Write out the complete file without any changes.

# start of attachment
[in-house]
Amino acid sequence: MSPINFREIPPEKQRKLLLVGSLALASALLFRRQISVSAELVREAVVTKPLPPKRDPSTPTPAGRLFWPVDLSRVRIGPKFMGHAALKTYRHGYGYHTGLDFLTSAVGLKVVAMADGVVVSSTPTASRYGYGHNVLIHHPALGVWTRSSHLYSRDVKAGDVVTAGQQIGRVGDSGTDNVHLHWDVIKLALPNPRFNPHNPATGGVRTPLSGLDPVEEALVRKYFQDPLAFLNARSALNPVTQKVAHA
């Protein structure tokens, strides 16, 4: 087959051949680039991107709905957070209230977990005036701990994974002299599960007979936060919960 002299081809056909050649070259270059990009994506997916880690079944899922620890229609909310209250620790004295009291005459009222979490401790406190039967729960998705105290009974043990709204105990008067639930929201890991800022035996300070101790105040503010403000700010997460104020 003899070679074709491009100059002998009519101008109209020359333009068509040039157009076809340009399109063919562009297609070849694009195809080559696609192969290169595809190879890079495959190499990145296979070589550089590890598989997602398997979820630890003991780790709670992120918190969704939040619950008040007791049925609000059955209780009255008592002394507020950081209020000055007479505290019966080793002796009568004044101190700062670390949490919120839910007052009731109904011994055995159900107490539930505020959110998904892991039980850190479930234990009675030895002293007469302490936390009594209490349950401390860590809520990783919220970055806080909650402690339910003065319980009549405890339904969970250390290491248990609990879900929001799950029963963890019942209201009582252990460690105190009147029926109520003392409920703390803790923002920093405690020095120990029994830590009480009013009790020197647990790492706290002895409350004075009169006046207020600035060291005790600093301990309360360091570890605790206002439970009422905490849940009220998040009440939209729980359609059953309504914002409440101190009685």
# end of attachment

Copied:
[in-house]
Amino acid sequence: MSPINFREIPPEKQRKLLLVGSLALASALLFRRQISVSAELVREAVVTKPLPPKRDPSTPTPAGRLFWPVDLSRVRIGPKFMGHAALKTYRHGYGYHTGLDFLTSAVGLKVVAMADGVVVSSTPTASRYGYGHNVLIHHPALGVWTRSSHLYSRDVKAGDVVTAGQQIGRVGDSGTDNVHLHWDVIKLALPNPRFNPHNPATGGVRTPLSGLDPVEEALVRKYFQDPLAFLNARSALNPVTQKVAHA
């Protein structure tokens, strides 16, 4: 087959051949680039991107709905957070209230977990005036701990994974002299599960007979936060919960 002299081809056909050649070259270059990009994506997916880690079944899922620890229609909310209250620790004295009291005459009222979490401790406190039967729960998705105290009974043990709204105990008067639930929201890991800022035996300070101790105040503010403000700010997460104020 003899070679074709491009100059002998009519101008109209020359333009068509040039157009076809340009399109063919562009297609070849694009195809080559696609192969290169595809190879890079495959190499990145296979070589550089590890598989997602398997979820630890003991780790709670992120918190969704939040619950008040007791049925609000059955209780009255008592002394507020950081209020000055007479505290019966080793002796009568004044101190700062670390949490919120839910007052009731109904011994055995159900107490539930505020959110998904892991039980850190479930234990009675030895002293007469302490936390009594209490349950401390860590809520990783919220970055806080909650402690339910003065319980009549405890339904969970250390290491248990609990879900929001799950029963963890019942209201009582252990460690105190009147029926109520003392409920703390803790923002920093405690020095120990029994830590009480009013009790020197647990790492706290002895409350004075009169006046207020600035060291005790600093301990309360360091570890605790206002439970009422905490849940009220998040009440939209729980359609059953309504914002409440101190009685």